MiHoYo’s hit RPG Genshin Impact is showing other live service games how it’s done. In the nine months since its release, players have been inundated with a non-stop barrage of free updates, ensuring that even the most dedicated players always have something new on their plates. Genshin has already gone from version 1.0 to 1.6, all completely for free—that is, until you consider the societal cost.
Genshin Impact is the result of incalculable work hours by its developers—and play hours by its community—coalescing into an affront against God and man. When you collect over thirty characters designed specifically to corrupt and weaken the established world order, you’ll understand that there’s nothing “free-to-play” about this game.
Despite the espoused variety, every character shares approximately the same body type and facial structure. The men are even completely devoid of facial hair, ensuring that each male in the game is uniformly categorized as a perfect little twink-faced angel. While such conformity is typical of the gacha (or “waifu collector”) genre, the ultimate purpose is clear: to infiltrate the minds of our children with a sleekly idealized version of what a person ought to look like, ultimately enslaving them to the anime-industrial complex.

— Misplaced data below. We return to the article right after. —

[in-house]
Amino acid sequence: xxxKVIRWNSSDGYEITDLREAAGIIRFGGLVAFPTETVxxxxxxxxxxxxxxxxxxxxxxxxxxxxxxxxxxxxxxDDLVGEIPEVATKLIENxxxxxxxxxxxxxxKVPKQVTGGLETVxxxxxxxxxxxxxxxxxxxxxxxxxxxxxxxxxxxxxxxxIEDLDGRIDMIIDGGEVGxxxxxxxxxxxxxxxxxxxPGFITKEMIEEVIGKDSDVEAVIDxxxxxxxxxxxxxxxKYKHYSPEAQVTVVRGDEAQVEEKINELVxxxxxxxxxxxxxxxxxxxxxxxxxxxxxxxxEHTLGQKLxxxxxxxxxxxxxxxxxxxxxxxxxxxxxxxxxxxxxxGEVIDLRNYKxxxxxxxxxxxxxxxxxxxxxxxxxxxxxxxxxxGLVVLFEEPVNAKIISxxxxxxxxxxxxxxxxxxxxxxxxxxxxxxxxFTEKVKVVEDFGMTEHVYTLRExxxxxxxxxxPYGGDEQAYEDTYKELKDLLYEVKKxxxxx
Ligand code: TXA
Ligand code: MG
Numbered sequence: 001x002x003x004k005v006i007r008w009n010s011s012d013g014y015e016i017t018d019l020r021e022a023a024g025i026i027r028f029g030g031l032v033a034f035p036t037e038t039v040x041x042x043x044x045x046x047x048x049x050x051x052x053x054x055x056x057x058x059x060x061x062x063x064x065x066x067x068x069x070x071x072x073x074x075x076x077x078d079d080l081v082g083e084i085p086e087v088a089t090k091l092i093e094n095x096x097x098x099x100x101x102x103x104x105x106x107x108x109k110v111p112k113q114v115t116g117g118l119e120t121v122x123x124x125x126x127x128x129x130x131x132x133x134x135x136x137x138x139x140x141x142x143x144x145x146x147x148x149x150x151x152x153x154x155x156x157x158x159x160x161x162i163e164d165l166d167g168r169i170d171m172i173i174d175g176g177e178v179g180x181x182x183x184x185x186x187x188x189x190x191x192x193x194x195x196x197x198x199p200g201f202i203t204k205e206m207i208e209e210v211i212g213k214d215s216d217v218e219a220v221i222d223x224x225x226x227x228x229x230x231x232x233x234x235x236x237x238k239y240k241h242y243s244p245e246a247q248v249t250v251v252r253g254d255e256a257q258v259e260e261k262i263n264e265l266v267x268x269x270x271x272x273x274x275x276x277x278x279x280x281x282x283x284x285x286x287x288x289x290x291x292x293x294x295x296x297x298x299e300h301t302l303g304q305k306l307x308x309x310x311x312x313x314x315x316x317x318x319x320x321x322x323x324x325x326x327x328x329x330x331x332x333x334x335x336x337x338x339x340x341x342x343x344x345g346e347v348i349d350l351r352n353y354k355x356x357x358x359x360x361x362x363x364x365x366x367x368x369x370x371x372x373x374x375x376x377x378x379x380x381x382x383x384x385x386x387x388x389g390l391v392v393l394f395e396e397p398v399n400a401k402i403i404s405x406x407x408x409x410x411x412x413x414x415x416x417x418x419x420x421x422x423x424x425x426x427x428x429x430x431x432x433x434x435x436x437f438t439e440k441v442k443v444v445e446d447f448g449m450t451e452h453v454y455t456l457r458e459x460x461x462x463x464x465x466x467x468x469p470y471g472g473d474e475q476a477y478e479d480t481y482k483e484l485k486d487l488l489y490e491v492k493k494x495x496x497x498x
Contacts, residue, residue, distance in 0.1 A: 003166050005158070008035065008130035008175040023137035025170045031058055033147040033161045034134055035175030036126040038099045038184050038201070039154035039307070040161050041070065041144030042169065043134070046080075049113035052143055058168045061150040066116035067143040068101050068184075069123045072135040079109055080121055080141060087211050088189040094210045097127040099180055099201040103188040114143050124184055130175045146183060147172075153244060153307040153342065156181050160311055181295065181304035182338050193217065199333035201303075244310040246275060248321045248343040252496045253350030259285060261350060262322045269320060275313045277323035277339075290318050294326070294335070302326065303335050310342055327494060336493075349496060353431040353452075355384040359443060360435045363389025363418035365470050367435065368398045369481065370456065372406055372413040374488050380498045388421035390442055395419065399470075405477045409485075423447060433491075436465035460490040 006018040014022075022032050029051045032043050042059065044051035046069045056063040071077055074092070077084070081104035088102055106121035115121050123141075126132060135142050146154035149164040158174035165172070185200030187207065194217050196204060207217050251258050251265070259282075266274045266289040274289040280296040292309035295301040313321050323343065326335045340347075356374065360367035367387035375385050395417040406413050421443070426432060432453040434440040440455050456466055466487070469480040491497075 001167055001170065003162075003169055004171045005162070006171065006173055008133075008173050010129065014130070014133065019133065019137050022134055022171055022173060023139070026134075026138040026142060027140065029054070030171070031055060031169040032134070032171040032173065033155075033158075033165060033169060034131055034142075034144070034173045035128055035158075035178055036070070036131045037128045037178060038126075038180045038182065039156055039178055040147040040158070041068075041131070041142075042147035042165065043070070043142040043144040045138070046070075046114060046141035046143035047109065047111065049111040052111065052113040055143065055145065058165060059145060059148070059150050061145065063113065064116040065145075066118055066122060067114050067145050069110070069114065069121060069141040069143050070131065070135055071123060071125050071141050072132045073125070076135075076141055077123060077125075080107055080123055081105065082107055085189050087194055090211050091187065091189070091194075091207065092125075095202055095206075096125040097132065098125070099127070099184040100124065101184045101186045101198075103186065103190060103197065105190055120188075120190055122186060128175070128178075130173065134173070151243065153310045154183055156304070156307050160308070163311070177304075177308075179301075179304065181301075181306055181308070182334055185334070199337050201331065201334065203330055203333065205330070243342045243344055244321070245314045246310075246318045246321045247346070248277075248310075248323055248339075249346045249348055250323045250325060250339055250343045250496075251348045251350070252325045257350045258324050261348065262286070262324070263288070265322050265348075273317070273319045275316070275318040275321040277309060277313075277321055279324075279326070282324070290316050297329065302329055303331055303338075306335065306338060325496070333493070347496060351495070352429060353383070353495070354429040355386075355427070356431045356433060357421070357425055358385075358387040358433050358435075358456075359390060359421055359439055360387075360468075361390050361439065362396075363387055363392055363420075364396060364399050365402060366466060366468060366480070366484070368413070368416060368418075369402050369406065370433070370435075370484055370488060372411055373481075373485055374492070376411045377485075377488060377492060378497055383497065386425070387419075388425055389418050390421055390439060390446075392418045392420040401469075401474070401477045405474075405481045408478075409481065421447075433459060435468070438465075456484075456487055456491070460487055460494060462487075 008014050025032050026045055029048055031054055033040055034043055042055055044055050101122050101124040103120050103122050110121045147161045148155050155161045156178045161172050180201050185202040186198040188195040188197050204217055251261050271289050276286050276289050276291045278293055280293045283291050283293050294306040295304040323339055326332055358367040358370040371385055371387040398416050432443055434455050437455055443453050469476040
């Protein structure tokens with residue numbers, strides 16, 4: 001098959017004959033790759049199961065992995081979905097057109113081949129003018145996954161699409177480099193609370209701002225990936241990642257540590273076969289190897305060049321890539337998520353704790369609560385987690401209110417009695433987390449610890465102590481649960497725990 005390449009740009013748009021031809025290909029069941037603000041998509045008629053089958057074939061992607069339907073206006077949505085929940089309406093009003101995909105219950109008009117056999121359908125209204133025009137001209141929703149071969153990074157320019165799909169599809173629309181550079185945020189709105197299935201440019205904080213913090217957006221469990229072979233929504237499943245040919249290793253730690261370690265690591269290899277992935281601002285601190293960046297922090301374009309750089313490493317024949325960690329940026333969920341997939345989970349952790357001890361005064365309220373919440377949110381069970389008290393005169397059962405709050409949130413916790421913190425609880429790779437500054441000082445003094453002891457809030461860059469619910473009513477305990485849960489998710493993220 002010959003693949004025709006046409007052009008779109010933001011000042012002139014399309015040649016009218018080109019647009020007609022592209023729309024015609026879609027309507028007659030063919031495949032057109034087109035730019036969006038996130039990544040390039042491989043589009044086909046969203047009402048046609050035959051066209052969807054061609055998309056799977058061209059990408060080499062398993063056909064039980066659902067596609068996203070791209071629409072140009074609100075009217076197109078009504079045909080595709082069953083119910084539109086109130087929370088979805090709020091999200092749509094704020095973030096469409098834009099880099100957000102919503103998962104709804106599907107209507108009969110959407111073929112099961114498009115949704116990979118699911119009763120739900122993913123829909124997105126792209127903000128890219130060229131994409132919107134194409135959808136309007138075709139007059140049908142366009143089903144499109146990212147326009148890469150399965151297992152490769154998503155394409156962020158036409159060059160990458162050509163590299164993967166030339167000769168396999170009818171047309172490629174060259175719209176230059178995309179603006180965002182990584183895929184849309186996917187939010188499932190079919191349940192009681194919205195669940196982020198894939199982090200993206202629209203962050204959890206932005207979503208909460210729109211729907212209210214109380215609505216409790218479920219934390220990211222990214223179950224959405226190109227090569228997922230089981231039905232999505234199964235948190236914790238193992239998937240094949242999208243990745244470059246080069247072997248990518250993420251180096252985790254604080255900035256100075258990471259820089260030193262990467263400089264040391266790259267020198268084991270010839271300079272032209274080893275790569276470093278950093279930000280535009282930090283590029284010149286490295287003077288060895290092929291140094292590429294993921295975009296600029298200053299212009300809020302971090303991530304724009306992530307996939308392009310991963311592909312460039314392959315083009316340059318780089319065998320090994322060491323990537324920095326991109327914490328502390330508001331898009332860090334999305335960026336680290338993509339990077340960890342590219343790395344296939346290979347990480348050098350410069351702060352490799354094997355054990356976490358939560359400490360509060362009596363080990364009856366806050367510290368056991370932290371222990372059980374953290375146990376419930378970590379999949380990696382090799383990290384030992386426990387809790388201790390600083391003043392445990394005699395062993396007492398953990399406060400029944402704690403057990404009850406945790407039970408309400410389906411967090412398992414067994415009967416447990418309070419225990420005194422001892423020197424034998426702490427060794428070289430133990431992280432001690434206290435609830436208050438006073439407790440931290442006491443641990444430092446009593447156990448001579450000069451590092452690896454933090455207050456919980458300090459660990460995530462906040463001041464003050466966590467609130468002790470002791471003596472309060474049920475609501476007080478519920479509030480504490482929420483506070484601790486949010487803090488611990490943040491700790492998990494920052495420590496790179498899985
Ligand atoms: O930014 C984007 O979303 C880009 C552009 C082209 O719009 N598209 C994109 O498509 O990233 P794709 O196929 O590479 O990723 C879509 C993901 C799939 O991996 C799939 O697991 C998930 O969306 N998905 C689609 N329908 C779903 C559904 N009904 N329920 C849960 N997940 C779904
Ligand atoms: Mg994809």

Don’t believe us? Just look at the deranged ravings of Genshin fans on social media outlets. The community may appear innocuous on the surface level, but just beyond that veneer of normalcy are the poor lost souls who say things like “climb with Lisa” so that you can peek up the character’s skirt, or “god fuck i want to have sex with mona so bad it’s literally all i think about please just let me feel that i would literally do anything for that feeling, it has to be her, it can only be her.” Also, they seem to really like Venti, who is objectively the worst character.
Stay on your toes, gamers. Genshin Impact is far from the only free-to-play title designed to seduce you into sacrificing your identity until the whole of society is brought to its knees—it’s just more successful. Join us next week when we’ll beg the question: League of Legends—is it the best game ever made?